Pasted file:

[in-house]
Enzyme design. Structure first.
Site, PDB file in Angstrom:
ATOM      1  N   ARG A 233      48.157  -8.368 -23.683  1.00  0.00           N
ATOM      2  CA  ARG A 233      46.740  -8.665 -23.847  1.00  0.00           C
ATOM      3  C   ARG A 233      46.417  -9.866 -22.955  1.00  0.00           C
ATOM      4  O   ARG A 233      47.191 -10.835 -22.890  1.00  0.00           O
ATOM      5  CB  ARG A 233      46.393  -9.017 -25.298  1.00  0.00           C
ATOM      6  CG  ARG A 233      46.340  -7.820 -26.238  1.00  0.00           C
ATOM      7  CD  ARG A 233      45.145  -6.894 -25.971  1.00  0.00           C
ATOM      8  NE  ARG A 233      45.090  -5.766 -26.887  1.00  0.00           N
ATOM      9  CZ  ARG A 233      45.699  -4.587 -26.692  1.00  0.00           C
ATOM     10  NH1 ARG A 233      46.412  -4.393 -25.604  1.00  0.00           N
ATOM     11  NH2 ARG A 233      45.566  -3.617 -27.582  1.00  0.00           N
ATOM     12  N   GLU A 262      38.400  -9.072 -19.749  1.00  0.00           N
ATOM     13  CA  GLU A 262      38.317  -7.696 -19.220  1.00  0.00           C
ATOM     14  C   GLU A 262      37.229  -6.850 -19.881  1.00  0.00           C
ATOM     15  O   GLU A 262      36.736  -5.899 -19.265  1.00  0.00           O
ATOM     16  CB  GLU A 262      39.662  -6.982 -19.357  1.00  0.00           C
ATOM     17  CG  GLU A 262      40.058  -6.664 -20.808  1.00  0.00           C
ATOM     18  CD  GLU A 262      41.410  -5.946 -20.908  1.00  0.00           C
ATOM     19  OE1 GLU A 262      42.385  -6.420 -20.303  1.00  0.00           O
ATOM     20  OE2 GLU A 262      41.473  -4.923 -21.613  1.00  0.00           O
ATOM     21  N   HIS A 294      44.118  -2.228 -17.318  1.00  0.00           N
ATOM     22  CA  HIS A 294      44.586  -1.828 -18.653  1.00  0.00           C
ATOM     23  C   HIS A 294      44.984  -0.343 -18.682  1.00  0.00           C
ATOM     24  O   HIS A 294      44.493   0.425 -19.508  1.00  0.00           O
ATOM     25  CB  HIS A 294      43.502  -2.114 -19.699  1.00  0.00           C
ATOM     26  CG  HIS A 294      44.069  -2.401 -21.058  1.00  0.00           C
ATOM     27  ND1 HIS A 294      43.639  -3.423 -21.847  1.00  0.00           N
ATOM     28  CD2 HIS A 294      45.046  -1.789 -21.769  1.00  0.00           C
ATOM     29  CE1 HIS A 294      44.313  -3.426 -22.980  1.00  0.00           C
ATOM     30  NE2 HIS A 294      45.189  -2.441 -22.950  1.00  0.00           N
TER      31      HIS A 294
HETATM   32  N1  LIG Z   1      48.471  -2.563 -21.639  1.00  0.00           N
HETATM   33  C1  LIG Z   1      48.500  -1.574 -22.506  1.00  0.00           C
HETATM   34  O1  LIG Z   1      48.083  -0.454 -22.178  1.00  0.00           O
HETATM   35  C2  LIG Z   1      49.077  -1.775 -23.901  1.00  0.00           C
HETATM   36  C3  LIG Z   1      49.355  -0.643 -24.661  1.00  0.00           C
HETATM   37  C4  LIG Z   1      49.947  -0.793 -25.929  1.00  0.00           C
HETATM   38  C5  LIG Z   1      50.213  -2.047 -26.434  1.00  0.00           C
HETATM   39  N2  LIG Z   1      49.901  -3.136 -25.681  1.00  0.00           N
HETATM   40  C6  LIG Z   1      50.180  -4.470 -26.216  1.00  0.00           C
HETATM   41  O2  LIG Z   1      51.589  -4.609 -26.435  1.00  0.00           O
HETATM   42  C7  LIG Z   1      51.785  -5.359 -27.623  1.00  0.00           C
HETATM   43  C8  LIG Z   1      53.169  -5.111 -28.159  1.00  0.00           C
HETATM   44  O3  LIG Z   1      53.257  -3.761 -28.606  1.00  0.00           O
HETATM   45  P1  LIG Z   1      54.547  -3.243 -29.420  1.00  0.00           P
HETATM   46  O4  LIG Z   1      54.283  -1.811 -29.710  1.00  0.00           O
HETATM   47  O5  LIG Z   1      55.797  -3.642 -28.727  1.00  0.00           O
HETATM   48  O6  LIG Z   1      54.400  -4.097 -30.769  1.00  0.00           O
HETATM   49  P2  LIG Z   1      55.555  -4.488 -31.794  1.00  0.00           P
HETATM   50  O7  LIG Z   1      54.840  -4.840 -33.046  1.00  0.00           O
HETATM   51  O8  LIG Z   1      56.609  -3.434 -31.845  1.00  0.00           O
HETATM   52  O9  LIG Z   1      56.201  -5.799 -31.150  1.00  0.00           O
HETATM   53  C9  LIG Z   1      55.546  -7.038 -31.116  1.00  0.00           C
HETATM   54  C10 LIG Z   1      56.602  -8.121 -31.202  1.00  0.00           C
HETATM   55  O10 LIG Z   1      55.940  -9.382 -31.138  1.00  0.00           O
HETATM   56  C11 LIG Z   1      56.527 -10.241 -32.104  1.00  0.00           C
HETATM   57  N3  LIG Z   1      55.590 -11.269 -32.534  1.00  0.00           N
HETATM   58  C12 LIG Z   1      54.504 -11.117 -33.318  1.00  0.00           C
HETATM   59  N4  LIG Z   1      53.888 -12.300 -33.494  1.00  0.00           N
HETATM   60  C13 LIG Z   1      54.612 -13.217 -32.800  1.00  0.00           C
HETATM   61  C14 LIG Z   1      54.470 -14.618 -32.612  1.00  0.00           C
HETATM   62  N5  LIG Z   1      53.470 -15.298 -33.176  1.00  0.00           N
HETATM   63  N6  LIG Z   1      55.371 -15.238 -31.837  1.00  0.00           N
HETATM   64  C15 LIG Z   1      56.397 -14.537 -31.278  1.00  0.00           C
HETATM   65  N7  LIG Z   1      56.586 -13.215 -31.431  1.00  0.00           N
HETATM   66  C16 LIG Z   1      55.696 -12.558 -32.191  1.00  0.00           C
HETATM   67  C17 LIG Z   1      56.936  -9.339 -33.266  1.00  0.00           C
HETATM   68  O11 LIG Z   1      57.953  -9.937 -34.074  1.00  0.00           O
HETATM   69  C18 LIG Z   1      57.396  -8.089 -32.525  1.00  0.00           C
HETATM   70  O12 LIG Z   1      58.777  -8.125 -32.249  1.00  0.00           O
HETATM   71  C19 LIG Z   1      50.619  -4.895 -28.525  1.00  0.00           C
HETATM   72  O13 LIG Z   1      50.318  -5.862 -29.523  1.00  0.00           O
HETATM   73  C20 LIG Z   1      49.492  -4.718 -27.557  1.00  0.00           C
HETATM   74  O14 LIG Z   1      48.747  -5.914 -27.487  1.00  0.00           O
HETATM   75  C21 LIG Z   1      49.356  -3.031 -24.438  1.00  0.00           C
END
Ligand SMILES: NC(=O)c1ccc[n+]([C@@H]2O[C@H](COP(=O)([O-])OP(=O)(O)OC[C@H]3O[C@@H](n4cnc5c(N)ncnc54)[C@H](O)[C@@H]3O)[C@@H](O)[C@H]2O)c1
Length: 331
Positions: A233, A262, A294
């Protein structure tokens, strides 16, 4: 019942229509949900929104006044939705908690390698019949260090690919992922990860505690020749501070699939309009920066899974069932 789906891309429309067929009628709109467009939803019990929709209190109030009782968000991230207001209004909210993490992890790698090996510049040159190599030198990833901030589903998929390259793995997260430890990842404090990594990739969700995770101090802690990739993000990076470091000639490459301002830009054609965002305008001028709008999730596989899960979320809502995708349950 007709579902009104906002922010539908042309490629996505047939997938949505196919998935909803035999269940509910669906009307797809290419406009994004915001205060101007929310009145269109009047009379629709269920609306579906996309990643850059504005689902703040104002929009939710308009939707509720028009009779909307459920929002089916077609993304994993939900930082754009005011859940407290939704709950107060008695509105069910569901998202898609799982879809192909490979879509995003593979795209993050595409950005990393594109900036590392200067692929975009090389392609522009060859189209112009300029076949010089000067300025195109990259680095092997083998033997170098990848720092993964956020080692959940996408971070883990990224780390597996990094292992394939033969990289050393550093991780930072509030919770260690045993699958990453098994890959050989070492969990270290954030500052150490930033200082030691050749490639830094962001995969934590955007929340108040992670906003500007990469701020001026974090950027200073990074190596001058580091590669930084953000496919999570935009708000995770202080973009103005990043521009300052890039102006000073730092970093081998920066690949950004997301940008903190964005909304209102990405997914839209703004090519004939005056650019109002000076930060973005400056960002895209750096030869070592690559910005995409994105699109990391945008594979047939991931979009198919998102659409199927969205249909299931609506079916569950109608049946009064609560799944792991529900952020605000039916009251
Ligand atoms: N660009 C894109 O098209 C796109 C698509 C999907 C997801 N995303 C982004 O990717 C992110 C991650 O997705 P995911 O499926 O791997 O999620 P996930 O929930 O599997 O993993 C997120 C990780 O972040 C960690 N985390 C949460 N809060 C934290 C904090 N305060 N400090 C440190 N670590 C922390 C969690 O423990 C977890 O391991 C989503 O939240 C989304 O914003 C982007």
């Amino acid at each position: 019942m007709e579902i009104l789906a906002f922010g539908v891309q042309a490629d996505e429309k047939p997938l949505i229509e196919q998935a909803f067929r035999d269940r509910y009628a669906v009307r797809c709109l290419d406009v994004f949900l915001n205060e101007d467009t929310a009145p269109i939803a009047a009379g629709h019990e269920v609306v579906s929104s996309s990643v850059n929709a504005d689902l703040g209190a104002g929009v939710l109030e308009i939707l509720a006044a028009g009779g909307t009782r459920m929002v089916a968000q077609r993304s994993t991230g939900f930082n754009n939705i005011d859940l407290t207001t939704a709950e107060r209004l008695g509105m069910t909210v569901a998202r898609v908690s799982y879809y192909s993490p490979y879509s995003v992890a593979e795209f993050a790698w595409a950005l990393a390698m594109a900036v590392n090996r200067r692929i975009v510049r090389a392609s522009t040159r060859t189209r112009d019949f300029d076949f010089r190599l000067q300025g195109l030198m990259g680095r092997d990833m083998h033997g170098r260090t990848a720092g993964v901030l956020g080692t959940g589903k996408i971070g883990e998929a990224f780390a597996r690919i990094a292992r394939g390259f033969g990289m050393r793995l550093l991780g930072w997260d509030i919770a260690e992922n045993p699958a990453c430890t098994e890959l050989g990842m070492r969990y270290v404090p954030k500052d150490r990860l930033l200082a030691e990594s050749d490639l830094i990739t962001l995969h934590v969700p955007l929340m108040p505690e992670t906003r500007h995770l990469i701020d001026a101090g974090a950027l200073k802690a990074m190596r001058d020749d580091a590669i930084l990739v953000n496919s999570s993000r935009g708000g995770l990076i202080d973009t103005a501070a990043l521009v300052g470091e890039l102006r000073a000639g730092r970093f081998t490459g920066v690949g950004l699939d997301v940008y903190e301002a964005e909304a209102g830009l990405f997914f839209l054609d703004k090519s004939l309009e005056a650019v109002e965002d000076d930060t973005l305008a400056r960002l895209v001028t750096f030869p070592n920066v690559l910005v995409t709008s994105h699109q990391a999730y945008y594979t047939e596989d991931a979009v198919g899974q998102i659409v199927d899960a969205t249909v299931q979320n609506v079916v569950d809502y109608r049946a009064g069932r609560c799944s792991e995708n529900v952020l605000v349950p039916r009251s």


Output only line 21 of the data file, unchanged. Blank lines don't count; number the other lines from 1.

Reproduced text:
ATOM     18  CD  GLU A 262      41.410  -5.946 -20.908  1.00  0.00           C